A North Carolina couple had little trouble getting an offer on “Shark Tank.” The drama lay in which offer they would take.
On the latest episode of the popular ABC show, which aired Friday night, wife and husband Justine Tiu and Adrian Zhang of Apex pitched their company The Woobles before five of the show’s judges. Each investor wanted a piece of the business, which offers novice crocheters the tools and techniques to weave a variety of round yarn animals.
The couple’s initial offer to the judges was $250,000 for 5% equity in their company, which would value their startup at $5 million. The judges, who are known on the show as sharks, audibly gasped when Tiu and Zhang shared how much money The Woobles has generated since launching in the summer of 2020.
The answer — $5.3 million in sales — drew praise from the five sharks: Mark Cuban, Barbara Corcoran, Lori Greiner, Kevin O’Leary and Robert Herjavec.
Tiu and Zhang then shared the three reasons they were seeking the sharks’ investment for their emerging company. First, they wanted help obtaining licensing rights from companies like Disney so they can offer specialty crochet creatures, like Marvel superheroes. Second, they hope to get The Woobles into retail stores (Tiu and Zhang currently sell their crochet kits online).
And third, the two Duke alumni wanted to find mentors for their growing business.
Appearing on the show that is watched by millions weekly is also a strong source of free advertising; Tiu and Zhang told The News & Observer they expect orders for their crochet kits to skyrocket as a result.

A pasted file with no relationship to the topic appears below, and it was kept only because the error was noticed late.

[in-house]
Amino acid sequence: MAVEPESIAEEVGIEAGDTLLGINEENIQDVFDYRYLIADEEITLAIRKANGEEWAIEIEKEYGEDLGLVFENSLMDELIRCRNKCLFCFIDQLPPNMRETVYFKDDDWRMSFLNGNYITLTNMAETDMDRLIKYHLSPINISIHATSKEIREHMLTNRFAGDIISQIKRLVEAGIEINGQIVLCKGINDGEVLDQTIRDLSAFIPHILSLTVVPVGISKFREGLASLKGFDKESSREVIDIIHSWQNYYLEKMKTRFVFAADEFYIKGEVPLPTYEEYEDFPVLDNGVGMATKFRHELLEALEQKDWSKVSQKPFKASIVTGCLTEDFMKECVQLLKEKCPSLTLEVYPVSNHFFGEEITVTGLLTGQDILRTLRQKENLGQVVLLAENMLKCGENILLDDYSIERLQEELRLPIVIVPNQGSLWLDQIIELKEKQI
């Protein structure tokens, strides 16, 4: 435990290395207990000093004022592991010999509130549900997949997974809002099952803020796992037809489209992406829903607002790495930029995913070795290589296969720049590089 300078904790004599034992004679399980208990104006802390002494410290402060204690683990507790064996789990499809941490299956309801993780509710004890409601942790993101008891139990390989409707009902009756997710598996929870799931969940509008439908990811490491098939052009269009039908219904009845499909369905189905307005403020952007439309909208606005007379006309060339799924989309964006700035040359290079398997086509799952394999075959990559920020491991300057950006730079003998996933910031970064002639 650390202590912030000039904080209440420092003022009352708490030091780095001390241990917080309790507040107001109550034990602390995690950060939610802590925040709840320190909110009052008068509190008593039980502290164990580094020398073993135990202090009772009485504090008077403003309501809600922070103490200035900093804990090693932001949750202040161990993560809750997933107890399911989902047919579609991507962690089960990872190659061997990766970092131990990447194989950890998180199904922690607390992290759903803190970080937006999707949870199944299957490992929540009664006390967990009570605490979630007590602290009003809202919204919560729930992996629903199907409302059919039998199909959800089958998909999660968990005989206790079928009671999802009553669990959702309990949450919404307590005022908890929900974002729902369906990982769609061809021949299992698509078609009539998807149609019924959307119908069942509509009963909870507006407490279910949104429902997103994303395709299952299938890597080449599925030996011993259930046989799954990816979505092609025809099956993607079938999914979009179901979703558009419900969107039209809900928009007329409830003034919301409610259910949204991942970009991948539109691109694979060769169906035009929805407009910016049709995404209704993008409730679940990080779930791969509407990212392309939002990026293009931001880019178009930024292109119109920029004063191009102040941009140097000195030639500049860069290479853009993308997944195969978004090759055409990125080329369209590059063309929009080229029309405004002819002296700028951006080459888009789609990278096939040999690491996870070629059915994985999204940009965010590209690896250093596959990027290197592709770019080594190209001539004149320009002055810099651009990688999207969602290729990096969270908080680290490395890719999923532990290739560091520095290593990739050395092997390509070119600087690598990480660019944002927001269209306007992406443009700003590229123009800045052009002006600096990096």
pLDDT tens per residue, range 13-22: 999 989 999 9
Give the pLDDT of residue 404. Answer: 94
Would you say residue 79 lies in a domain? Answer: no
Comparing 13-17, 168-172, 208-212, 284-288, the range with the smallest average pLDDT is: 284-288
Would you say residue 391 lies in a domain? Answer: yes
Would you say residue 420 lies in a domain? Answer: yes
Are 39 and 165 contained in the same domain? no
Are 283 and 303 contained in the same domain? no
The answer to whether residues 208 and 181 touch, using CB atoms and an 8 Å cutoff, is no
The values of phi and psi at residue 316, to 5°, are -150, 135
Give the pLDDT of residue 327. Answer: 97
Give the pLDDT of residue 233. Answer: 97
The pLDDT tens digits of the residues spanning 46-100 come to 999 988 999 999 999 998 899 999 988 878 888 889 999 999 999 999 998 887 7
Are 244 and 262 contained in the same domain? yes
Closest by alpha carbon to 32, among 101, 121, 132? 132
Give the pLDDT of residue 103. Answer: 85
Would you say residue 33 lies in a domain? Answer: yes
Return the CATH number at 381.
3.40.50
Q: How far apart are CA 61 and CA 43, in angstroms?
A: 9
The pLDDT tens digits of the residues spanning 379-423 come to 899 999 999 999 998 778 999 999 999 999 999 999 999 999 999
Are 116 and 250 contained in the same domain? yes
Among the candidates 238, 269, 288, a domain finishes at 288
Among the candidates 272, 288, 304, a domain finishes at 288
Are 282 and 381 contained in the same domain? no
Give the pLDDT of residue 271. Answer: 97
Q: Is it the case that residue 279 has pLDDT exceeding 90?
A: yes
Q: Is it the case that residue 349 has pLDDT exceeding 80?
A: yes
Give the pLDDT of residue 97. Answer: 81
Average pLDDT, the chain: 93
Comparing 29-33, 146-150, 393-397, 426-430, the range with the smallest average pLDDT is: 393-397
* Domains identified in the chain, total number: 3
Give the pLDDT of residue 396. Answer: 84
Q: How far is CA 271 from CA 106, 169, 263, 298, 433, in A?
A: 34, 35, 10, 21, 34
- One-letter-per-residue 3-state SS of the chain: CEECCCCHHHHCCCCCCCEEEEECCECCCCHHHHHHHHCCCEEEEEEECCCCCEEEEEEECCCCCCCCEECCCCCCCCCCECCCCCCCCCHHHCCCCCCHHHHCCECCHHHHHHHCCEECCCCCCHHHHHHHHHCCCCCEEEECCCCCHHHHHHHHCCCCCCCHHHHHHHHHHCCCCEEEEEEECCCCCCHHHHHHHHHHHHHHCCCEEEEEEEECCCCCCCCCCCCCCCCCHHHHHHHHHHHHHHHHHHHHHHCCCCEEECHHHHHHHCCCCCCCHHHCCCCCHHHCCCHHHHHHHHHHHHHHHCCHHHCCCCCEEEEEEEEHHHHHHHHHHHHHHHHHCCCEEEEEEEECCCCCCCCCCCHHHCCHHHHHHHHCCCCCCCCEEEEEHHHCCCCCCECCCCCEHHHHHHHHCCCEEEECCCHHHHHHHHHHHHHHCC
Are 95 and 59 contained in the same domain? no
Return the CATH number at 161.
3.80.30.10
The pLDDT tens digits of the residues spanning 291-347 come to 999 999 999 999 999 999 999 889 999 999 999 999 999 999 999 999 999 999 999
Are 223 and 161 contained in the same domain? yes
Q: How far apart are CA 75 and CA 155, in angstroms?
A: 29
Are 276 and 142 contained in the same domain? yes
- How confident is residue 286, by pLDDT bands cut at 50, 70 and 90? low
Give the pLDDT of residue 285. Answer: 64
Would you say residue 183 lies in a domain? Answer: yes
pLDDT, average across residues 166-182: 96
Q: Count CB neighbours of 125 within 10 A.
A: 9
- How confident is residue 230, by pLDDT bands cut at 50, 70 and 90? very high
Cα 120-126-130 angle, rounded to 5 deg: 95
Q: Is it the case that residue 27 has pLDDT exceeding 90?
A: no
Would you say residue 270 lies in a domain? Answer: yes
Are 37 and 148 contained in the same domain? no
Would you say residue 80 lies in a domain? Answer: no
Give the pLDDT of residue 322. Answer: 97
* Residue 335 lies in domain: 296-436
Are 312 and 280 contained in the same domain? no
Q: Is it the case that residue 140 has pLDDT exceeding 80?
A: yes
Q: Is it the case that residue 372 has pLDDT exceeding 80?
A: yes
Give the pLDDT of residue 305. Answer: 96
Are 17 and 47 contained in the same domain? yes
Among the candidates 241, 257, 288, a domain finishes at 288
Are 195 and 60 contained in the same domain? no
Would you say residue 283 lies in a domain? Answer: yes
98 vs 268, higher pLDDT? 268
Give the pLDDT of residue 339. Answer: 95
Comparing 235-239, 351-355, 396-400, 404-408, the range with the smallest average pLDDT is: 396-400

The company sells six core animals alongside a rotation of limited edition kits. Each individual kit, which generally costs $30, includes customized yarn, a crochet hook, a pair of beaded eyes, and access to a step-by-step online tutorial.
Playing the sharks off each other
Once the sharks understood what The Woobles founders were looking for in their investors, it was time for the bidding to commence.
O’Leary started the bidding by offering what Tiu and Zhang initially asked for: a quarter-million dollars for 5% equity. Greiner and Corcoran then separately bid $300,000 for 10% control of The Woobles.
“I think you should be everywhere and fast,” said Greiner, who made her fortune through the TV shopping channel QVC.
The two women sharks then raised their offers, with Corcoran bumping her bid to $350,000 for 5% of The Woobles, which would value the company at $7 million.
“You are sitting on a rocket,” Corcoran told Tiu and Zhang.
Yet the couple didn’t jump at Corcoran’s offer. Instead, Tiu and Zhang asked if two of the sharks would team up to make a joint bid. This prompted Greiner and Herjavec to make the most aggressive play: $450,000 for 6% of The Woobles, which would value the company at $7.5 million.
Tiu and Zhang, who met as undergrads, asked if they could talk it all over. Their brief huddle ended with Zhang, who used to work as a Wall Street trader, whispering, “Let’s just try.”
What did the couple want to try? They requested that Greiner and Cuban, the billionaire owner of the Dallas Mavericks, partner to make the final deal: $450,000 for 6%.
“Where we think in the short term that we can get the most help is with Mark and Lori,” Zhang told the judges.
Corcoran expressed disbelief at being cut out, but Tiu and Zhang were all smiles as Cuban and Greiner went up to give them hugs to signify a new partnership.
This story was produced with financial support from a coalition of partners led by Innovate Raleigh as part of an independent journalism fellowship program. The N&O maintains full editorial control of the work.
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